Ask for IX-inch guns, you get XI-inch guns: Naval support for the Third Major Bombardment

Last week, I mentioned this gun that was put to use on Morris Island in the summer of 1864:

At the end of July, 1864, Major-General John Foster requested support from Rear-Admiral John Dahlgren to sustain the Third Major Bombardment of Fort Sumter.  In addition to asking for replacements for burst heavy Parrott rifles, Foster asked if the Navy might loan some heavy smoothbore guns.  Foster asked for IX-inch Dahlgrens, but his subordinate, Brigadier-General Alexander Schimmelfennig, felt XI-inch 0r XV-inch Dahglrens would be more suitable for the work.  While Schimmelfennig had a cordial relationship with Dahlgren, I don’t think he pressed the Admiral directly on the issue.  Likely, Dahlgren had more of the XI-inch guns on hand, as the IX-inch guns were heavily used by the smaller blockaders and the XV-inch guns were for the monitors.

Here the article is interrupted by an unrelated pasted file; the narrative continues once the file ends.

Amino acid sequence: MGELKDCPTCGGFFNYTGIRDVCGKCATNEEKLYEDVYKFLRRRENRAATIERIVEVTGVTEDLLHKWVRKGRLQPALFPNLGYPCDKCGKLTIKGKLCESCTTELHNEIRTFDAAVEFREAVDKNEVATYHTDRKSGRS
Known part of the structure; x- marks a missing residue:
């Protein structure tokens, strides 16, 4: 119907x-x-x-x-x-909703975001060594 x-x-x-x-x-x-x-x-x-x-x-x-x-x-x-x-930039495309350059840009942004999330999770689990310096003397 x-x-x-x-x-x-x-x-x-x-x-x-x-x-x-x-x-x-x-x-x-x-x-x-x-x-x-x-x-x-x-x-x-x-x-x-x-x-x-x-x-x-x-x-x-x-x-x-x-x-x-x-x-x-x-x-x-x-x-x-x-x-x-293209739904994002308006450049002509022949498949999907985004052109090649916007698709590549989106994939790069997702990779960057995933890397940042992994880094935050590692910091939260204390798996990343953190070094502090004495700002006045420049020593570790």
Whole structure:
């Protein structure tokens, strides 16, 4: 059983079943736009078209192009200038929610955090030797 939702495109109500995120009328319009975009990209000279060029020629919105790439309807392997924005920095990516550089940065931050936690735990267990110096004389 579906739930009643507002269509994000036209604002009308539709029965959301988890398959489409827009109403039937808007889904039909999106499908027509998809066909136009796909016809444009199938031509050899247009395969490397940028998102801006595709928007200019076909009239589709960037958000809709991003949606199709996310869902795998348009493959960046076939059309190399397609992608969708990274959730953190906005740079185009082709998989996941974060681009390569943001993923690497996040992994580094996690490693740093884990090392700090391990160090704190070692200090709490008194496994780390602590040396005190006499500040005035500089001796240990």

On August 5, 1864, Foster wrote to Schimmelfennig to announce the Naval “reinforcements” for the Third Major Bombardment:

Admiral Dahlgren has declared his willingness to lend six 11-inch guns, with carriages, implements, and the requisite officers, crew, and ammunition. The guns are to be landed by the navy at Light-House Inlet, and will be transported to their positions by the army. It is recommended, however, that at high tide the scows used for carrying the shells be run up as high as possible on the beach near the battery and the shells be thrown overboard, so that they can be picked up at low tide by the wagons and taken into the battery. Four 100-pounder Parrott guns will be sent up also as soon as transportation can be had. I will borrow from the navy some 100 and 200 and 300 pounder ammunition, and send it up at the same time, if possible.